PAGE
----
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Understanding Medigap Plan M

Understanding Medigap Plan M

Understanding Medigap Plan M could essentially end up saving you hundreds – or even thousands – of dollars every month on your health care costs. If you are enrolled in Medicare, or if you are about to become a Medicare enrollee, you may find that even though the Medicare program pays a wide array of coverages for hospitalization and other medical services, it can also leave you with a great deal of out-of-pocket expenses.

Because of that, many of those who are Medicare Part A and B participants must either find a way to pay these high expenses or alternatively some may opt to forgo the procedures that they require due to the high cost. The good news is, though, you can get some relief from these expenses by owning a Medicare Supplement plan.

What Does Medigap Plan M Cover?

For those who want just a base plan, Medigap Plan A may be an option to consider. However, there are many other plans to choose from. For example, Medigap Plan M provides much more in term of coverage – which can, in turn, end up providing much more in overall savings. This is especially the case for those who may require more in health care services throughout the year.

The benefits that are offered (in 2016) through Medicare Supplement Plan M include:

  • Medicare Part A hospitalization co-insurance and hospitalization expenses – up to 365 days after Original Medicare benefits have been used up;
  • Medicare Part A hospice co-payment and co-insurance;
  • Medicare Part B co-insurance and co-payment;
  • First 3 pints of blood per year;
  • Medicare Part A skilled nursing facility care co-insurance;
  • Medicare Part A deductible (covered at 50%);
  • Foreign travel emergency coverage – up to plan limits (covered at 80%).

Why Consider Medicare Supplement Plan M Over Other Medigap Plans?

Although Medigap Plan M does not cover everything, it does provide a great deal more than just the base benefits that are offered by Medigap Plan A. For that reason, Medicare Supplement Plan M can be considered as a good middle ground policy for those who are seeking more than just the bare bones minimum, but yet don’t need all of the bells and whistles of Medicare supplement plan F, the most comprehensive policy available – as well as the higher premium that goes along with it.

Just some of these additional benefits over the base Plan A can make Medigap Plan M well worth the additional premium that may be charged. For example, the skilled nursing facility benefit could end up saving many thousands of dollars if this type of care is needed. This is because the co-payment that is required for days 21 through 100 during a skilled nursing facility benefit period (in 2016) is $161 per day.

Therefore, if 100 days of skilled nursing facility care (or more) is required in a benefit period, the out-of-pocket expense for the Medicare enrollee could be near $13,000. ($161 daily co-payment X 80 days = $12,880).

There is also a foreign travel emergency benefit that is offered on Medigap Plan M. Therefore, those who travel outside of the United States – especially with great regularity – may find that this particular Medicare Supplement Plan is quite beneficial.

How Medicare and Its Expenses Work

When the Medicare program was first enacted, it contained just two components. These were Medicare Part A and Part B. This is why today, Part A and B of Medicare are commonly referred to as “Original Medicare.” Now, Medicare has expanded into four parts. These include the following:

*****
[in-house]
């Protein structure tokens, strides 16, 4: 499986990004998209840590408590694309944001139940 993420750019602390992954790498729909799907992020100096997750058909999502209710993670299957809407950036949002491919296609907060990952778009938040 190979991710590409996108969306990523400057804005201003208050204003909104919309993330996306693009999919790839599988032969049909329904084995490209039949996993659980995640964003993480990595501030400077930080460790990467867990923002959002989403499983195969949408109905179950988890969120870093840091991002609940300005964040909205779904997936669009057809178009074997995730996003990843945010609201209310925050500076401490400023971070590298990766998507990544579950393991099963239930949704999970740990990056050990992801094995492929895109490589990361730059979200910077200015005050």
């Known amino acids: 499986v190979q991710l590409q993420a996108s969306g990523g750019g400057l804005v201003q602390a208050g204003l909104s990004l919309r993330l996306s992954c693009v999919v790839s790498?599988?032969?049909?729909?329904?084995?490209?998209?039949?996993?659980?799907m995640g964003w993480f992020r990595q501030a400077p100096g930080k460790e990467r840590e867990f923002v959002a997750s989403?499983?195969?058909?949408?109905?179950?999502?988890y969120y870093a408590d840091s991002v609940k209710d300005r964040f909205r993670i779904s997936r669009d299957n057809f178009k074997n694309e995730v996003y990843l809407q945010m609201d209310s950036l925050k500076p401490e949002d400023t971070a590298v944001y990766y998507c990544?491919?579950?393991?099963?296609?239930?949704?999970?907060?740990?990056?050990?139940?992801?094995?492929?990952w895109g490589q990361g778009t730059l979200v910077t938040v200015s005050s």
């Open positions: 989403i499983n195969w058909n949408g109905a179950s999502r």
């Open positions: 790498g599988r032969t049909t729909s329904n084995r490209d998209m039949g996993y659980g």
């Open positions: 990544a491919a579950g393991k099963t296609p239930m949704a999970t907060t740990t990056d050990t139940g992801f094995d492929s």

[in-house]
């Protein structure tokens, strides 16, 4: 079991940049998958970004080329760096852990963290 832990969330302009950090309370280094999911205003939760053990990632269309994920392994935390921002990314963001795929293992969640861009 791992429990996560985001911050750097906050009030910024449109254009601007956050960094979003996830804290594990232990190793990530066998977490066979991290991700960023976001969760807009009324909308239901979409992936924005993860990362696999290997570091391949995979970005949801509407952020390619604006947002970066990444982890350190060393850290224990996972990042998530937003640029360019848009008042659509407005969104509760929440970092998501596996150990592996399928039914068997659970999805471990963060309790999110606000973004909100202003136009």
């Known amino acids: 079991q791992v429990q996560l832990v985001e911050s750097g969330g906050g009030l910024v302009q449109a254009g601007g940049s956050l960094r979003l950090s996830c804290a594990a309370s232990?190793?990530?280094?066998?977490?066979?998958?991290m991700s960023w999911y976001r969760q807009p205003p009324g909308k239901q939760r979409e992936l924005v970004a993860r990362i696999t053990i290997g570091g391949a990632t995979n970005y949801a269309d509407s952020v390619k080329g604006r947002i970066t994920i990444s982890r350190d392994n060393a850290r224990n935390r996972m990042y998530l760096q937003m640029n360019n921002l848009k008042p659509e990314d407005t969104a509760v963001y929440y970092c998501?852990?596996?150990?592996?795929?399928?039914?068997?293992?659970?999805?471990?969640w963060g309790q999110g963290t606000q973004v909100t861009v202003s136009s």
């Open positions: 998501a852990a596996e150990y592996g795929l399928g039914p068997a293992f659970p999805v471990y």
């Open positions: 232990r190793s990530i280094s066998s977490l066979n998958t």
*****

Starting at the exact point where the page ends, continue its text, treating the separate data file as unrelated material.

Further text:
• Part A – Medicare Part A provides coverage for hospitalization services. This can include the care that you receive as a hospital inpatient. Medicare Part A also includes coverage for various types of home health care that you may get following an inpatient hospital stay. Also, there is also some limited coverage through Part A for skilled nursing facility care, and for hospice services.
  • Part B – Medicare Part B consists of medical and doctors’ services. This part of Medicare can help with the cost of things such as outpatient hospital care and emergency room services. Part B of Medicare may also provide coverage for various medical equipment that your doctor orders for you, such as a wheelchair or a walker. Also, this part of Medicare may also cover preventive care such as vaccinations that are received for pneumonia and the flu.
  • Part C – Part C of Medicare is also referred to as Medicare Advantage. This is not so much a separate component of Medicare, but rather an alternate way of actually receiving your Medicare Part A and Part B coverage. Medicare Advantage plans must offer all of the benefits that Medicare Part A and Part B provide – and these plans will usually provide additional coverage as well, such as dental, vision, and / or wellness benefits. Often, prescription drug coverage is also included within a Medicare Advantage plan. Medicare Advantage plans are offered via private insurance companies. Many of these plans provide benefits in an HMO (Health Maintenance Organization) or a PPO (Preferred Provider Organization) format. This means that an enrollee may have to choose their provider(s) from a certain network. In some cases, an enrollee may use and out-of-network provider, but the cost will be more.
  • Part D – Medicare Part D offers prescription drug coverage. Those who are enrolled in Original Medicare (Medicare Part A and Part B) can purchase a Part D plan if they wish to also have prescription drug benefits. These plans are also offered via private insurance companies. Because of that, the coverage – as well as the premium amounts – can differ from plan to plan.

If you are enrolled in Medicare Part A and B, you will likely find that there are many “gaps” in coverage. These often will include the deductibles, coinsurance, and / or copayments that you are required to pay out-of-pocket. In some cases, these expenses can add up. In 2016, the Part A and B out-of-pocket expenses include the following: